He is an accomplished poet, painter, pianist, and photographer who has shown his work in galleries from Santa Monica, California, to Denmark.He has also launched an independent publishing house, Perceval Press, through which he produces a small stream of art books and CDs.
He's working on two books now about indigenous tribes in South America, and has published, among other titles, a critique of the U. invasion of Iraq, a collection by avant-garde multimedia artist Alix Lambert, and young adult fiction from Mike Davis, of 'City of Quartz' fame.
Mortensen helps edit and signs off on every book himself; he also has his own contributions, including 'Linger,' a collection of eerie black-and-white landscape photos, and 'At All,' an abstract new-age album on which he plays keyboards and guitar.
Did you know that Aragorn from "Lord of the Rings" drives a Ford Fusion in real life?
It's one of many interesting tidbits from a new Esquire cover story about Watertown High School and St. The actor picked up writer Lisa De Paulo at Syracuse Hancock International Airport and drove her in his rental car to his hometown of Watertown and back as she interviewed him about his new movie "Captain Fantastic." "Two and a half hours into our journey, Mortensen and I stop for coffee at a joint he likes because his mother used to go there as a teenager," De Paulo writes. We sit at the bar, and no one seems to recognize him, not even the pretty bartendress he chats up about Syracuse basketball." Of course, one waitress did recognize him -- but as her classmate, not the Hollywood star who was nominated for an Oscar for the 2007 gritty crime thriller "Eastern Promises." She wanted to know if he was coming to their 40th high school reunion in July.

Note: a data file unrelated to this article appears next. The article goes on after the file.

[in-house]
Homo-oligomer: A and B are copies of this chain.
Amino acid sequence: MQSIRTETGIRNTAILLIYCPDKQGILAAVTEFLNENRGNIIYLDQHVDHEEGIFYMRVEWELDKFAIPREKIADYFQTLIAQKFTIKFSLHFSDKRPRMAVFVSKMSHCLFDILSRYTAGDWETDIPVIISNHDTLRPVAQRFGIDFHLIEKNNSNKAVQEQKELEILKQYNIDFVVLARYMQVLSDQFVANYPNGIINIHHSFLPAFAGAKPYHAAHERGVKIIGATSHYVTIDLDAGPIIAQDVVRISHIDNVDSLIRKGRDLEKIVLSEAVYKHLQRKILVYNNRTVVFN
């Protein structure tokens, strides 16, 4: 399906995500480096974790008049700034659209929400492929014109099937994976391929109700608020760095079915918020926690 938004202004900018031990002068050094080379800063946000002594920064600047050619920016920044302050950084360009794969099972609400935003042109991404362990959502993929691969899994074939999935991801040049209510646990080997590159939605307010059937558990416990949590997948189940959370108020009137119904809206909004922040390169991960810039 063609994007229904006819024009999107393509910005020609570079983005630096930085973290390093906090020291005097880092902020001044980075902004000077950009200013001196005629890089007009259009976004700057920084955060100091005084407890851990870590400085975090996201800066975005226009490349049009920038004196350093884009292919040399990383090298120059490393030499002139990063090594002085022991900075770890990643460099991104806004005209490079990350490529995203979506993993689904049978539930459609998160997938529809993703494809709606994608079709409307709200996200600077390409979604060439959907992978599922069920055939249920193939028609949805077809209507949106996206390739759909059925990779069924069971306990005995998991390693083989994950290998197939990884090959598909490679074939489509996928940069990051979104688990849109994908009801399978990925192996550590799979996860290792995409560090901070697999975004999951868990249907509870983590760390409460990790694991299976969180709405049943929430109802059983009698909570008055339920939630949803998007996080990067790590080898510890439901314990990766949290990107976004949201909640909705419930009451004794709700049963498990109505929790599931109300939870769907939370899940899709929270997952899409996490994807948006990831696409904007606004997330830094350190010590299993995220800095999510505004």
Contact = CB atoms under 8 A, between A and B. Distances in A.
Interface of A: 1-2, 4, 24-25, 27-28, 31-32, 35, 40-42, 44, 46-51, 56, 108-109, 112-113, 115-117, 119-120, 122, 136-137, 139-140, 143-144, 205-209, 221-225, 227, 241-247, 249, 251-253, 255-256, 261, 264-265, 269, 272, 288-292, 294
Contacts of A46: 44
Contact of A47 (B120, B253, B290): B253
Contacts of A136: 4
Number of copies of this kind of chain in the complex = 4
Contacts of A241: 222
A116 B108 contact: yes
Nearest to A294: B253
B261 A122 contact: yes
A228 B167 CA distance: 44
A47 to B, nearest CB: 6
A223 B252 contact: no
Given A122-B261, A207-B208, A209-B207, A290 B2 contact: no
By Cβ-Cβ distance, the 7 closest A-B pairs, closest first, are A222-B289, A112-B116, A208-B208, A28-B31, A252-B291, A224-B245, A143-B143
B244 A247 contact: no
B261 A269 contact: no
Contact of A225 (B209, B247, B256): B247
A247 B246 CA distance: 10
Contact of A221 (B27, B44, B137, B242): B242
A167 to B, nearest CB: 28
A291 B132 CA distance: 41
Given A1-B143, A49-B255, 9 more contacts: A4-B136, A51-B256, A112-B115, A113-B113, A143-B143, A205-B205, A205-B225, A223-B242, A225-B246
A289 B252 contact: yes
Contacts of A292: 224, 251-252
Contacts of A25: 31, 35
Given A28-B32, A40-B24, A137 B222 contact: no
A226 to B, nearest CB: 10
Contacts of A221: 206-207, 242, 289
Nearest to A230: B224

He shows up in a Camry to our interview in a state park about an hour and a half from Watertown, New York, a leafy military town near Lake Ontario where he graduated from high school and still visits occasionally.
Dressed in a David Wright New York Mets T-shirt tucked into wide-leg blue jeans, he looks as if he's going to the hardware store to buy a nail gun. Loves acting, the immersion, even the rehearsals, but tries to avoid everything else.
And now comes the much-anticipated 'The Road,' a relentless, uncompromising portrait of a postapocalyptic world that features Mortensen in nearly every frame. "He's not one of those morose, inward-turning method actors at all," says Cronenberg.
It's as credible a run as an American actor has had lately, and it has heightened suspicions that the choreographer of the losers dance might again be invited to the waltz – and maybe this time he won't have to dance. "He likes to have fun." Mortensen once reacted to being labeled one of the sexiest men alive by asking, "So there are a lot of dead men who are sexier?
How he slept in his caped Aragorn costume while making the 'Lord of the Rings'trilogy; how he walked barefoot around New Zealand for most of the three years he was there; how he stashes chocolate on his person like a marsupial, foisting blocks of it on unsuspecting costars and journalists; how he makes experimental records with his friend Buckethead, the enigmatic former guitarist of Guns N' Roses who's known for wearing a Kentucky Fried Chicken bucket on his head.